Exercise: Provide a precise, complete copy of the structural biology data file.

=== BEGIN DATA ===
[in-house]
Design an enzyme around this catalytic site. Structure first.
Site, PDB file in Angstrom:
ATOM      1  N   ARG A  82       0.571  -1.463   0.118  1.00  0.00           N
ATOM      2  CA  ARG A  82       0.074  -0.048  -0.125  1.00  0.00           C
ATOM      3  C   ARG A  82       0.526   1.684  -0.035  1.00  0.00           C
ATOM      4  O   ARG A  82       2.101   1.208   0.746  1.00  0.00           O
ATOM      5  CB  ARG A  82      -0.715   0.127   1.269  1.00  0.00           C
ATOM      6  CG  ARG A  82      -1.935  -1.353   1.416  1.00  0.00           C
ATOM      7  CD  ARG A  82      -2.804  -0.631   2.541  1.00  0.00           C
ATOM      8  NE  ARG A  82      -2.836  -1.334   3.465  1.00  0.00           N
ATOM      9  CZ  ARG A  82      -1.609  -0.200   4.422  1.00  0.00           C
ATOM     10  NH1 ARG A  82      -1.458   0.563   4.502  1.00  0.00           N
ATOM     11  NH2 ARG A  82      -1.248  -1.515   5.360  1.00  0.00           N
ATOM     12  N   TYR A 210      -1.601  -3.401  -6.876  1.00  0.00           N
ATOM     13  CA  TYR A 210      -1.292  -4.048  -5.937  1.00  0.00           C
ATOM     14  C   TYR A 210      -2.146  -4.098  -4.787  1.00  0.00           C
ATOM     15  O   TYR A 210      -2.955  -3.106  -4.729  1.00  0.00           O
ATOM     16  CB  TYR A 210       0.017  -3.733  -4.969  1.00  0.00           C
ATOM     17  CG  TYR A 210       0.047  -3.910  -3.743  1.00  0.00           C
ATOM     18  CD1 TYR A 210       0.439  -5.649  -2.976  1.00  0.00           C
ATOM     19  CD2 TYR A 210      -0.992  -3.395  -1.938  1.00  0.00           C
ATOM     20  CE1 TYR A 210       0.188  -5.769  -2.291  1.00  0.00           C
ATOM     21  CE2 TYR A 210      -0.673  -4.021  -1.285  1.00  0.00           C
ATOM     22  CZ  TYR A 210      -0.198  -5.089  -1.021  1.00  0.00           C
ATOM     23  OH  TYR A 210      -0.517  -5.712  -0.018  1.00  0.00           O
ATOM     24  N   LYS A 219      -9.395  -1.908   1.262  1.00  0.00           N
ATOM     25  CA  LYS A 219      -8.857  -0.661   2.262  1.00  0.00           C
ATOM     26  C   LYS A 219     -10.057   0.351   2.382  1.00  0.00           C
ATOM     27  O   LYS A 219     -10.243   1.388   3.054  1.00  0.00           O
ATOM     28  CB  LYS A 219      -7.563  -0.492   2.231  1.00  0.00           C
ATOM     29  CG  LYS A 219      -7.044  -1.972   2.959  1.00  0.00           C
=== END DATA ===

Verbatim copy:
[in-house]
Design an enzyme around this catalytic site. Structure first.
Site, PDB file in Angstrom:
ATOM      1  N   ARG A  82       0.571  -1.463   0.118  1.00  0.00           N
ATOM      2  CA  ARG A  82       0.074  -0.048  -0.125  1.00  0.00           C
ATOM      3  C   ARG A  82       0.526   1.684  -0.035  1.00  0.00           C
ATOM      4  O   ARG A  82       2.101   1.208   0.746  1.00  0.00           O
ATOM      5  CB  ARG A  82      -0.715   0.127   1.269  1.00  0.00           C
ATOM      6  CG  ARG A  82      -1.935  -1.353   1.416  1.00  0.00           C
ATOM      7  CD  ARG A  82      -2.804  -0.631   2.541  1.00  0.00           C
ATOM      8  NE  ARG A  82      -2.836  -1.334   3.465  1.00  0.00           N
ATOM      9  CZ  ARG A  82      -1.609  -0.200   4.422  1.00  0.00           C
ATOM     10  NH1 ARG A  82      -1.458   0.563   4.502  1.00  0.00           N
ATOM     11  NH2 ARG A  82      -1.248  -1.515   5.360  1.00  0.00           N
ATOM     12  N   TYR A 210      -1.601  -3.401  -6.876  1.00  0.00           N
ATOM     13  CA  TYR A 210      -1.292  -4.048  -5.937  1.00  0.00           C
ATOM     14  C   TYR A 210      -2.146  -4.098  -4.787  1.00  0.00           C
ATOM     15  O   TYR A 210      -2.955  -3.106  -4.729  1.00  0.00           O
ATOM     16  CB  TYR A 210       0.017  -3.733  -4.969  1.00  0.00           C
ATOM     17  CG  TYR A 210       0.047  -3.910  -3.743  1.00  0.00           C
ATOM     18  CD1 TYR A 210       0.439  -5.649  -2.976  1.00  0.00           C
ATOM     19  CD2 TYR A 210      -0.992  -3.395  -1.938  1.00  0.00           C
ATOM     20  CE1 TYR A 210       0.188  -5.769  -2.291  1.00  0.00           C
ATOM     21  CE2 TYR A 210      -0.673  -4.021  -1.285  1.00  0.00           C
ATOM     22  CZ  TYR A 210      -0.198  -5.089  -1.021  1.00  0.00           C
ATOM     23  OH  TYR A 210      -0.517  -5.712  -0.018  1.00  0.00           O
ATOM     24  N   LYS A 219      -9.395  -1.908   1.262  1.00  0.00           N
ATOM     25  CA  LYS A 219      -8.857  -0.661   2.262  1.00  0.00           C
ATOM     26  C   LYS A 219     -10.057   0.351   2.382  1.00  0.00           C
ATOM     27  O   LYS A 219     -10.243   1.388   3.054  1.00  0.00           O
ATOM     28  CB  LYS A 219      -7.563  -0.492   2.231  1.00  0.00           C
ATOM     29  CG  LYS A 219      -7.044  -1.972   2.959  1.00  0.00           C